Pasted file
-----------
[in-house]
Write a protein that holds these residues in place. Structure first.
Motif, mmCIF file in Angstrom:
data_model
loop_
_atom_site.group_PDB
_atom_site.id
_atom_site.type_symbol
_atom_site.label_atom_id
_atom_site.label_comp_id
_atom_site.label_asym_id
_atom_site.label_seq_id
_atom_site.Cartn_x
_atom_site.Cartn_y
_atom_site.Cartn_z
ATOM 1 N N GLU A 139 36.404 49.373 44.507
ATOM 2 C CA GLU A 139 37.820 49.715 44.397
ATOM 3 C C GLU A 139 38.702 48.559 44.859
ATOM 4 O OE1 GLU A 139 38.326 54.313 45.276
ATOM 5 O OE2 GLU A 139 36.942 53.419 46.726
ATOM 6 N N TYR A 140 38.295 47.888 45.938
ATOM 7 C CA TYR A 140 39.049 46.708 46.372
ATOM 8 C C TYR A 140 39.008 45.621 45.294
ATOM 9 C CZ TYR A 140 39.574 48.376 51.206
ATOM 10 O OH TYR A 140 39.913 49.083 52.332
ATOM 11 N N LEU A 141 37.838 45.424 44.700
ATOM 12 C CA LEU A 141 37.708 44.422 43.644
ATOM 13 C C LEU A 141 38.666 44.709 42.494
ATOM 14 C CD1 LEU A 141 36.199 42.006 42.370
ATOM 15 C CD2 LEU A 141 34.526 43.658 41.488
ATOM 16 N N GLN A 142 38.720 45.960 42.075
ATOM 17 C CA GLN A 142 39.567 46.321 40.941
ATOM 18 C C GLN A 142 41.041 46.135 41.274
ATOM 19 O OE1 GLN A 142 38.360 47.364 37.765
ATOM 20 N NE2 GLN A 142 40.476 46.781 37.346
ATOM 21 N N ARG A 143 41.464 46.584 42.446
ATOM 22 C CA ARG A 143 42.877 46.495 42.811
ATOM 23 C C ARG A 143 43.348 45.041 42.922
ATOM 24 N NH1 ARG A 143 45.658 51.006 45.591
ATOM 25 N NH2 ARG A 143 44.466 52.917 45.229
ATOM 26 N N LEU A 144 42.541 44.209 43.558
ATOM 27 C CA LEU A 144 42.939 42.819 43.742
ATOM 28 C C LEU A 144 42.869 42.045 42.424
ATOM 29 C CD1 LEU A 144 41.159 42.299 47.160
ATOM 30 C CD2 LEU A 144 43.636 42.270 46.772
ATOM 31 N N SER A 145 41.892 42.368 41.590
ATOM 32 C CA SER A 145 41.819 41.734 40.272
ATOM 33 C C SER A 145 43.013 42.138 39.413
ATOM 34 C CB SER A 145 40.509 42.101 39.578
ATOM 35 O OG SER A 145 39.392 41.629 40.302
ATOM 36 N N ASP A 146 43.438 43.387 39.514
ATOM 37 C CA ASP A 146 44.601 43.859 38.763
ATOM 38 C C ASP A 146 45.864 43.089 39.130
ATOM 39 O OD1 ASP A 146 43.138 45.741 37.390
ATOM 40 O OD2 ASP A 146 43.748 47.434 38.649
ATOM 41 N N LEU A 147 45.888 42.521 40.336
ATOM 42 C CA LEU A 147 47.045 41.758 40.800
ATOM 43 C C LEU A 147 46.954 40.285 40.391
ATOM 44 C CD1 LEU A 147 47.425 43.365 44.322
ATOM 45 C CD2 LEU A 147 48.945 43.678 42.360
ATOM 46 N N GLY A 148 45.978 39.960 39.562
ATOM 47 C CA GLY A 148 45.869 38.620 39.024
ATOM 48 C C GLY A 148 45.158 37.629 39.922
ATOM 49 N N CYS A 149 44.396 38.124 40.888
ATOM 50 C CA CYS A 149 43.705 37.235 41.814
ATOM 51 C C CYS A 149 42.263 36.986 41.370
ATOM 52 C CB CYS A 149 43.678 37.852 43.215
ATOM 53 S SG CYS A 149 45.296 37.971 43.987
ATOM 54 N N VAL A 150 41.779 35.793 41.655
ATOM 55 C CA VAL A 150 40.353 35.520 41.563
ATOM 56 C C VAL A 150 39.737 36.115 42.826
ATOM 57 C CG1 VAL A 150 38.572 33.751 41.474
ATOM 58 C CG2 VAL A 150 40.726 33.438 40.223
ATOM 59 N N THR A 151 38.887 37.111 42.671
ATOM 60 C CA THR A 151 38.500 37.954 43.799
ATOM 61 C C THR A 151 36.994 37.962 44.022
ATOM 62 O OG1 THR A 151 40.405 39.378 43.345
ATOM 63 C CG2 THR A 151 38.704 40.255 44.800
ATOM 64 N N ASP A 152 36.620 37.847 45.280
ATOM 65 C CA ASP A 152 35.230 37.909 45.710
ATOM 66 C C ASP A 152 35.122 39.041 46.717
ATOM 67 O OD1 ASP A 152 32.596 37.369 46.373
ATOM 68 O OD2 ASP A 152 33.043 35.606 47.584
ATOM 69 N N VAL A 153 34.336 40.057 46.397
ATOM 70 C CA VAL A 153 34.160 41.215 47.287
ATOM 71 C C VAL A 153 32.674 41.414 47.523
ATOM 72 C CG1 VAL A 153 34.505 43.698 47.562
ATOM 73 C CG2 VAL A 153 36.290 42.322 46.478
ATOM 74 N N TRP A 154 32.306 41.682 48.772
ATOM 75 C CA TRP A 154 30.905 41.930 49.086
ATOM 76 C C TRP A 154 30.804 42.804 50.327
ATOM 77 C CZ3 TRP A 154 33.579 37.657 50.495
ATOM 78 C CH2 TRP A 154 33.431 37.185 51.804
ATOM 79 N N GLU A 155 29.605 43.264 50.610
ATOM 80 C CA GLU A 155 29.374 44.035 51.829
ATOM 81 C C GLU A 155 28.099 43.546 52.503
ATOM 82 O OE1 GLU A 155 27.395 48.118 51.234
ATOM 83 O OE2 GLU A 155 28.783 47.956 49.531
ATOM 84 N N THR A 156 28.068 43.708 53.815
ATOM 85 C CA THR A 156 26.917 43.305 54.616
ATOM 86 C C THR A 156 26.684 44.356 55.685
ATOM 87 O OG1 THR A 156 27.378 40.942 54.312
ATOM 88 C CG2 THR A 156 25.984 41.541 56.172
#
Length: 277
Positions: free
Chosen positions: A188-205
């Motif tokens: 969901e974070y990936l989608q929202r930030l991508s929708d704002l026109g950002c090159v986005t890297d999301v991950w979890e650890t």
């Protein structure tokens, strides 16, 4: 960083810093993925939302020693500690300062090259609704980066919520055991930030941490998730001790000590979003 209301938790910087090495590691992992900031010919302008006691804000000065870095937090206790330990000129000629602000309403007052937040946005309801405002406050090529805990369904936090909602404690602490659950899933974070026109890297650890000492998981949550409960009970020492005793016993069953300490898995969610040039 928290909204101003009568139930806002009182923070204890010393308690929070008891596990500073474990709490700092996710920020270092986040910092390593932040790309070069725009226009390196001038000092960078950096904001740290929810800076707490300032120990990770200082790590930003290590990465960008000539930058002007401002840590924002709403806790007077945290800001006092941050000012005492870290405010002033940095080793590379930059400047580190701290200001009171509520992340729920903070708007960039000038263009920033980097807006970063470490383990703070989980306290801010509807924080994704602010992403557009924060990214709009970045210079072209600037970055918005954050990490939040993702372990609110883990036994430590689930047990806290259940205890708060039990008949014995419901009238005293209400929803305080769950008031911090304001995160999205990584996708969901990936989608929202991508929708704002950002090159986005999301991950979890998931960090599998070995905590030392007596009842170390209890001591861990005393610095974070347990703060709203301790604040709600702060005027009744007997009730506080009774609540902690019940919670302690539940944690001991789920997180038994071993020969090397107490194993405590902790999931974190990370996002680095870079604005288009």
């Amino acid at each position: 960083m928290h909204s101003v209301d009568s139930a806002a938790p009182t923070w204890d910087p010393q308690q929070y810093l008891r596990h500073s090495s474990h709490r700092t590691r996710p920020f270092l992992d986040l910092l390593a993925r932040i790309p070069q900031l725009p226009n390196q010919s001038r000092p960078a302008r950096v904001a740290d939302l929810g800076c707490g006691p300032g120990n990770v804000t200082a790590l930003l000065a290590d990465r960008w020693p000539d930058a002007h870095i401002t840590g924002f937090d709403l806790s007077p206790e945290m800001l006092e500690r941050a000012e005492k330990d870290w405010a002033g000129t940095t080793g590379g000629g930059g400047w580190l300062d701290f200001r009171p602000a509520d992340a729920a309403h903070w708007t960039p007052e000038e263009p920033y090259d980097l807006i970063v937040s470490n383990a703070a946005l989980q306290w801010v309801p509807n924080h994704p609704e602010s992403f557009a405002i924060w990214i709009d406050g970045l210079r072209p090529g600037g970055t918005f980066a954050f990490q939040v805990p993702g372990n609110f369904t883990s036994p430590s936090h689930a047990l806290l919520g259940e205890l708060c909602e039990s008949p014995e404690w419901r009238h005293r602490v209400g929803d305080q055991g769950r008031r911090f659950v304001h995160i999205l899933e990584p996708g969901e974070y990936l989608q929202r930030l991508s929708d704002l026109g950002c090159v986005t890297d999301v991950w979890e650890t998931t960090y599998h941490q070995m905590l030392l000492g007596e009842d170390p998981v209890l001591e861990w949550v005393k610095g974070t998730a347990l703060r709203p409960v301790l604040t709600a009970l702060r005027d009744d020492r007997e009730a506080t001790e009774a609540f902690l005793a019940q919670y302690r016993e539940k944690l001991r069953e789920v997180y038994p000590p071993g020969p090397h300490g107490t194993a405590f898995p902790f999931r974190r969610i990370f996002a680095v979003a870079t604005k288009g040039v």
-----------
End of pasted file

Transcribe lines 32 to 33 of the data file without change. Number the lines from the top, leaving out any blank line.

ATOM 17 C CA GLN A 142 39.567 46.321 40.941
ATOM 18 C C GLN A 142 41.041 46.135 41.274